Any time the word "evil" crops up in war propaganda, the intent is to throw irrational fear into the hearts and minds of a political leader's following. By frightening a populace into an irrational state, the political leader clears the way to act in any manner he wishes without having to give rational explanations for those actions to his followers.
Hence it is that any time young Mister Bush and his echo choir are pressed to give specifics on strategies or war aims, they shift to the "evil" meme, a meme so primal that it strikes a chord not only neoconservative's autistic religious right base, but in self-styled skeptical sons of the enlightenment like little old me.
That's the really scary part of all this. As much education and experience as I have in military and foreign policy issues, and in propaganda techniques, and as much effort and thought as I've put into deconstructing this administration's lunatic policies and rationalizations, they still at times throw enough oogey-boogey into me to make me want--if only briefly--to believe everything else they say and go along with whatever they want to do. That gives me a profoundly frightening perspective on the effect their manipulations must have on the portions of the population that are predisposed to believe and follow them.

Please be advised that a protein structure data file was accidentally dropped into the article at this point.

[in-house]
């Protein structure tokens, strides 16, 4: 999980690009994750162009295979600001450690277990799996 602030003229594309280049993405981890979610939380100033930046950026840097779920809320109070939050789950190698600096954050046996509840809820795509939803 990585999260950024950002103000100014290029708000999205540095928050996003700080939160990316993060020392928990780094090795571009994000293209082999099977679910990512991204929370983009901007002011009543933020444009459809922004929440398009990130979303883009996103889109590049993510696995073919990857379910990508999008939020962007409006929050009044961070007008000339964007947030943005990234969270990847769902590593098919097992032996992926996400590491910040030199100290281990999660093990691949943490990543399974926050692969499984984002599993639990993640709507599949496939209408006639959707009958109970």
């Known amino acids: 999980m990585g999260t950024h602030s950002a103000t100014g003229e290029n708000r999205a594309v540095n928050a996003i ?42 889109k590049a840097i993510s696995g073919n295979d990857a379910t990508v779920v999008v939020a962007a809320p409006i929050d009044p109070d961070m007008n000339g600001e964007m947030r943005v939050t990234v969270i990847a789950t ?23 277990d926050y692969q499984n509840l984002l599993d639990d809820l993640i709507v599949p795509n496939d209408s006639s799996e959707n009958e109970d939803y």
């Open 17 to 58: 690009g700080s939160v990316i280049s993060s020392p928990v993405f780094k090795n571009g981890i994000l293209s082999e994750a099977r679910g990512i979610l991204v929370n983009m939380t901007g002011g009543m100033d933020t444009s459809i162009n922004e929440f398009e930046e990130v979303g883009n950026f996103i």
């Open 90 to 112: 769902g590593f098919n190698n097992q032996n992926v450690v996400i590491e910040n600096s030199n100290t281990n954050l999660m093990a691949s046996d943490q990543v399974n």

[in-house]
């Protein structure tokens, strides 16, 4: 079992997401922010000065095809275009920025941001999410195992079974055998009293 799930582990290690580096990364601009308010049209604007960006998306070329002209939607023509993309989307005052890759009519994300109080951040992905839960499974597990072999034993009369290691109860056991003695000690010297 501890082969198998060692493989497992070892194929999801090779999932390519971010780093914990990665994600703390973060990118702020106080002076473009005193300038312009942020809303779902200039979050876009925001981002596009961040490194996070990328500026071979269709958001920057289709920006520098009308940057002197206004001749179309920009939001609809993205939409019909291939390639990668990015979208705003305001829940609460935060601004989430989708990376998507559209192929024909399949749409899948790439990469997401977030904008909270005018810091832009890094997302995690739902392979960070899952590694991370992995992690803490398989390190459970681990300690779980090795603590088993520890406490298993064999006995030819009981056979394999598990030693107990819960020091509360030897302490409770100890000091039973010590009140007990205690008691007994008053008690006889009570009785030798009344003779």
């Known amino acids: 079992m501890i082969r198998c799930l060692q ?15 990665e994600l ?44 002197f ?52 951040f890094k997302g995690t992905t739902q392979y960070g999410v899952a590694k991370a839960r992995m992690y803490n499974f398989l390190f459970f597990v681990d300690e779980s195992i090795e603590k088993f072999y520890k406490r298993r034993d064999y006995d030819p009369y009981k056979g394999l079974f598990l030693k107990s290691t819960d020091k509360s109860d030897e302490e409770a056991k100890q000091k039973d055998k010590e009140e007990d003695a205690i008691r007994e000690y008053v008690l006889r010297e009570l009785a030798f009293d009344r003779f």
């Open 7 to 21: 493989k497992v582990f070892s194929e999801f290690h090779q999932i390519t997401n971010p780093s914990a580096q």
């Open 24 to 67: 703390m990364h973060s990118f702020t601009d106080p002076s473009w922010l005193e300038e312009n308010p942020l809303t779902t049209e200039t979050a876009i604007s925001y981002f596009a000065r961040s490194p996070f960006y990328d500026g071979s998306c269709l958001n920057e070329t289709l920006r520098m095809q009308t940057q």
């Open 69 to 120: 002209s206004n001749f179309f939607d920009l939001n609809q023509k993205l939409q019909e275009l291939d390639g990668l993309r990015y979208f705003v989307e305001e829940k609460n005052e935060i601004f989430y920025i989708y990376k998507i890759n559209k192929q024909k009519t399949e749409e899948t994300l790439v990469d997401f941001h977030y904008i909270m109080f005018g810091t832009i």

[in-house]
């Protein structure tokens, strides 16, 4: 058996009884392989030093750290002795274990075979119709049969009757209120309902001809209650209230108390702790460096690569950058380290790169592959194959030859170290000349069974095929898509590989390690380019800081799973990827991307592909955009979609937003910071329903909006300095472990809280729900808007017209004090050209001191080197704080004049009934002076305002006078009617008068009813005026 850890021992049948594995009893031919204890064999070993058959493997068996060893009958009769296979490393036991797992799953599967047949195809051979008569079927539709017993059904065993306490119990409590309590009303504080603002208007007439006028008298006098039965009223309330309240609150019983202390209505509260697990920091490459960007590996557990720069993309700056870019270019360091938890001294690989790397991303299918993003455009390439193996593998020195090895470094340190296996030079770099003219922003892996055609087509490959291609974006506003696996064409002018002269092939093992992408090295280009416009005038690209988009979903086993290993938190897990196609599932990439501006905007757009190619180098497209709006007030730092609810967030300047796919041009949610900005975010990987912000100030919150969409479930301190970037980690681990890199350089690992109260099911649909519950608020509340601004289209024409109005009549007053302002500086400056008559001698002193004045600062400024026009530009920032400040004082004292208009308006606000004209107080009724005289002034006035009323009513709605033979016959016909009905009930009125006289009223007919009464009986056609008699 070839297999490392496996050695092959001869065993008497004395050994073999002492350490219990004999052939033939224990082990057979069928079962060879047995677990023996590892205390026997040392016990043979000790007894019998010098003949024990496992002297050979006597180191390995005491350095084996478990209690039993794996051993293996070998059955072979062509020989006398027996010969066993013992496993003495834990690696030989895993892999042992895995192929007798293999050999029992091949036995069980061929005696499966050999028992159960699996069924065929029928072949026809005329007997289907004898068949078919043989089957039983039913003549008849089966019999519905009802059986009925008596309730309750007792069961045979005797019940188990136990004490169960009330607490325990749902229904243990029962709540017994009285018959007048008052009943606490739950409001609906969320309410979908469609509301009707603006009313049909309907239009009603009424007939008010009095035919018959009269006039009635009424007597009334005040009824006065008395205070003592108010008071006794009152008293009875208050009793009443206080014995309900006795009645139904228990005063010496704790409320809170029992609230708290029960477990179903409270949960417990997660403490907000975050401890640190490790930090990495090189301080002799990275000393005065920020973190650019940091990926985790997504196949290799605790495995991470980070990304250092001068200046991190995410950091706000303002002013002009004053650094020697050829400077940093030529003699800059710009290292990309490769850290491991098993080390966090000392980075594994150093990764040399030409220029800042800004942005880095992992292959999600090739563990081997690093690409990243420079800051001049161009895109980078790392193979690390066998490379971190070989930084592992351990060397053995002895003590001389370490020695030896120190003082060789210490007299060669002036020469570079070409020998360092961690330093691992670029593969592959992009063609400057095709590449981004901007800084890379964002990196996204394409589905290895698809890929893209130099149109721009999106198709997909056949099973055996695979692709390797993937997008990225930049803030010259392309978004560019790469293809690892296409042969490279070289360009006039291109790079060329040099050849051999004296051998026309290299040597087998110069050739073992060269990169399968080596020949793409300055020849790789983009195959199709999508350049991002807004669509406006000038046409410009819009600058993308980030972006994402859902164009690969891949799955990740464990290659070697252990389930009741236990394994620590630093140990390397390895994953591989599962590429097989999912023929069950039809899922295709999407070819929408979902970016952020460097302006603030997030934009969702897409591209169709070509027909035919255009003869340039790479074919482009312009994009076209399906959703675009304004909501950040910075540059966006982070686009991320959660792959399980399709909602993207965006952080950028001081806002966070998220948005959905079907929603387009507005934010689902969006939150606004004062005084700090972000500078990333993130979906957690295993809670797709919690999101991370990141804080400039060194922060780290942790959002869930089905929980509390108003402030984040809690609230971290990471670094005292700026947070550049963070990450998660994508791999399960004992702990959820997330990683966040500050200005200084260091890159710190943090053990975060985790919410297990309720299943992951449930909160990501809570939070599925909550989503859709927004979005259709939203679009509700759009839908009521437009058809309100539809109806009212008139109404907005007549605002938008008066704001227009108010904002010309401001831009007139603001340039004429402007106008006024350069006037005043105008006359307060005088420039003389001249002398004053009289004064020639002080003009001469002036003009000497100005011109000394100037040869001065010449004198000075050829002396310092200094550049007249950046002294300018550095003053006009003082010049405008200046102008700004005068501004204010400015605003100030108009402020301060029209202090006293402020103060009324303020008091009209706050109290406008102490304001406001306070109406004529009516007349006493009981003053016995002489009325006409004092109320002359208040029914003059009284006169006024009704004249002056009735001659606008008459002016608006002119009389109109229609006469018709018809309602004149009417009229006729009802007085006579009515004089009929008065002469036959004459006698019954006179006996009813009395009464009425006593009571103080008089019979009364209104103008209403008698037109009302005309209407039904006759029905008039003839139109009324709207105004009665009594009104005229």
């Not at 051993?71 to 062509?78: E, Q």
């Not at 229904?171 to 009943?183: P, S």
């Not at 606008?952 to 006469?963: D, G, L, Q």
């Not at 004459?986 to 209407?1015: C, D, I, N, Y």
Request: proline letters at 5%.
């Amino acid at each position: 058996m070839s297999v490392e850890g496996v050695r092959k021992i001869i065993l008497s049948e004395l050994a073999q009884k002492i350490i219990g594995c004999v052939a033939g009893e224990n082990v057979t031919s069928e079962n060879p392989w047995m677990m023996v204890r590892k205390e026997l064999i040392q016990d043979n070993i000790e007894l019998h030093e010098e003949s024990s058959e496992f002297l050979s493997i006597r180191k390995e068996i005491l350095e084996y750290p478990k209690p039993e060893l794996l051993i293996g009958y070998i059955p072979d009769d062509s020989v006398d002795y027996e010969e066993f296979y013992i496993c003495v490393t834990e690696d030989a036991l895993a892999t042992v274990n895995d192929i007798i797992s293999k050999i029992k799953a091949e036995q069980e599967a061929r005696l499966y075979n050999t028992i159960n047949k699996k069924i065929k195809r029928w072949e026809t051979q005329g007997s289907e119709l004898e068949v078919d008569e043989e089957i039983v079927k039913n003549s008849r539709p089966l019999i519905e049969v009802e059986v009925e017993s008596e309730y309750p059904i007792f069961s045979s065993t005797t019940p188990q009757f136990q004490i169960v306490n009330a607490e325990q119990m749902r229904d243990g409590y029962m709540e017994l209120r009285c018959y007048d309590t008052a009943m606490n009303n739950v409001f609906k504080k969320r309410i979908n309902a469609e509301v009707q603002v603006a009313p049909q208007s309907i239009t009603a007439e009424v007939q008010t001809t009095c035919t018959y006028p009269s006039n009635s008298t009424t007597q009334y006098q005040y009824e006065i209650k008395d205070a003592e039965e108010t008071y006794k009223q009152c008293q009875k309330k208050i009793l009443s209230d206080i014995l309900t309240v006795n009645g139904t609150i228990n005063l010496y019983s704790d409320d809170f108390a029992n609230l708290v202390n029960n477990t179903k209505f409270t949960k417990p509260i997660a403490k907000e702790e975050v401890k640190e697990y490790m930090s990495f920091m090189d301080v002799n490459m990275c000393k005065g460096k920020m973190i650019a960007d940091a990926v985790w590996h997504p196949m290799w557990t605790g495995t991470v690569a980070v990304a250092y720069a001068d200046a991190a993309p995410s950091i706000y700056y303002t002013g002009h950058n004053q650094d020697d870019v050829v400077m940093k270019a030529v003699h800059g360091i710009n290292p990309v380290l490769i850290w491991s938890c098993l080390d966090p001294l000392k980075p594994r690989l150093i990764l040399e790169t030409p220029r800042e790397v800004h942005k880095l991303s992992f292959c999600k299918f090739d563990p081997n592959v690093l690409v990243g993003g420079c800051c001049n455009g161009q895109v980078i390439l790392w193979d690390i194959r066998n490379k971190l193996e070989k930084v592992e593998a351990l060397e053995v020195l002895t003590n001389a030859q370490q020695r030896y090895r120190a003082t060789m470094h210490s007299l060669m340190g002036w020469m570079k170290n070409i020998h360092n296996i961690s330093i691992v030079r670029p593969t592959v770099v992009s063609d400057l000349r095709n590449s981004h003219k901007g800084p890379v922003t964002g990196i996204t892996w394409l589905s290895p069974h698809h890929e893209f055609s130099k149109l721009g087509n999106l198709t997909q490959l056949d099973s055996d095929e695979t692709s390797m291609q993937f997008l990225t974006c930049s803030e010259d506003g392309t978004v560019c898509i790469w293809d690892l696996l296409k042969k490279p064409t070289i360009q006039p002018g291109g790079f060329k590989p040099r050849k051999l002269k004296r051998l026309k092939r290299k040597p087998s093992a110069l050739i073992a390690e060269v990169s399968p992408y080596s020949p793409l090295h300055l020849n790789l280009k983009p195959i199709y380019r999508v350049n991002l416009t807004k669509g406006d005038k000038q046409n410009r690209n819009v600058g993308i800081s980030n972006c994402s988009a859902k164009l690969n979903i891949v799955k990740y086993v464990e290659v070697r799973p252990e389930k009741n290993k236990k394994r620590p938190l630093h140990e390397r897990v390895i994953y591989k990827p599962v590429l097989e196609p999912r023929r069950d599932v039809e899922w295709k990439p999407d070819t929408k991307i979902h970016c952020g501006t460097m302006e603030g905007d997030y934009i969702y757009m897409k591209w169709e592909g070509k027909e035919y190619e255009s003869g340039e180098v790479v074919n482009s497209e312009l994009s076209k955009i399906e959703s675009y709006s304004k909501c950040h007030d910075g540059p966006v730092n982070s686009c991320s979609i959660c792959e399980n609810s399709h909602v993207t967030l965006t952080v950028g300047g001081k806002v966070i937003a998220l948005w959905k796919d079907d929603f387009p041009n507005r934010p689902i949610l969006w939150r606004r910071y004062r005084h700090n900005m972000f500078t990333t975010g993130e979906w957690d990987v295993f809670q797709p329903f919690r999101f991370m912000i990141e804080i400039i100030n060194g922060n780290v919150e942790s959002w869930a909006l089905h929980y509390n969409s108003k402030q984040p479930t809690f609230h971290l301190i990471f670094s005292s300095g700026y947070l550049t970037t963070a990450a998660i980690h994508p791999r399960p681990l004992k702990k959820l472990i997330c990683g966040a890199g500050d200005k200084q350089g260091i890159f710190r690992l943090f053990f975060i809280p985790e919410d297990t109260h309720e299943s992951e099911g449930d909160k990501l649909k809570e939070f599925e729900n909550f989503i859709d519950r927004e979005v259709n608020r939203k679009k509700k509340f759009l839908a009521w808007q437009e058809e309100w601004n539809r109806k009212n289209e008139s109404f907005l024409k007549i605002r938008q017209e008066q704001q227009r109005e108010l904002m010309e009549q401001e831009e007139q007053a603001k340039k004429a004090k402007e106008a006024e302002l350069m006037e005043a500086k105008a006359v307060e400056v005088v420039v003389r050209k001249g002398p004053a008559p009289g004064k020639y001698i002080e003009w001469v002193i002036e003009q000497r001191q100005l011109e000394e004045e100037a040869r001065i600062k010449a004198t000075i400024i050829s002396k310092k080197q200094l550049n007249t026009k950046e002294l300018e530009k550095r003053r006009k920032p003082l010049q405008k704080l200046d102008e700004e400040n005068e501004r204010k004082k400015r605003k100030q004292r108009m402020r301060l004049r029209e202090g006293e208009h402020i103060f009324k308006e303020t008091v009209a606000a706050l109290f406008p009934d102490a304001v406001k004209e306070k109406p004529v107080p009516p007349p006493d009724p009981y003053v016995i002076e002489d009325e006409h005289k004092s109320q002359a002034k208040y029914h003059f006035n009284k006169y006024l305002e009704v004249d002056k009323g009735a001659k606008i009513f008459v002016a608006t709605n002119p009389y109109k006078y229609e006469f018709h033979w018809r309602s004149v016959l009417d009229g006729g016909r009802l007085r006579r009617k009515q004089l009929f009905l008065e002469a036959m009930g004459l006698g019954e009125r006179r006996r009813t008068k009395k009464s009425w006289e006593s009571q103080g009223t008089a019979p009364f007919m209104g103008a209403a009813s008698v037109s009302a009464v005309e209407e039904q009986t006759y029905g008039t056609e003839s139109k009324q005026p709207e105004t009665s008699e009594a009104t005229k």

So is it any wonder that when the Rovewellians throw doggerel like "If we withdraw before the job is done, the enemy will follow us here " into the Big Brother Broadcast, nobody in the "base" or even in the so-called "liberal media" bothers to ask "What does 'withdraw' mean?" or "What is the 'job?'" or "How will we know when the 'job' is 'done?'" or "Who is the 'enemy?'" or "How will the 'enemy' follow us here?"
The mouth breathers of the base are so brainwashed and brain dead from all the "evil" talk that they don't have capacity to imagine such questions, and the "liberal media" won't ask them for fear of being labeled part of the evil-doer axis and losing audience share to the Big Brother Broadcast (Fox News, AM talk radio, etc.).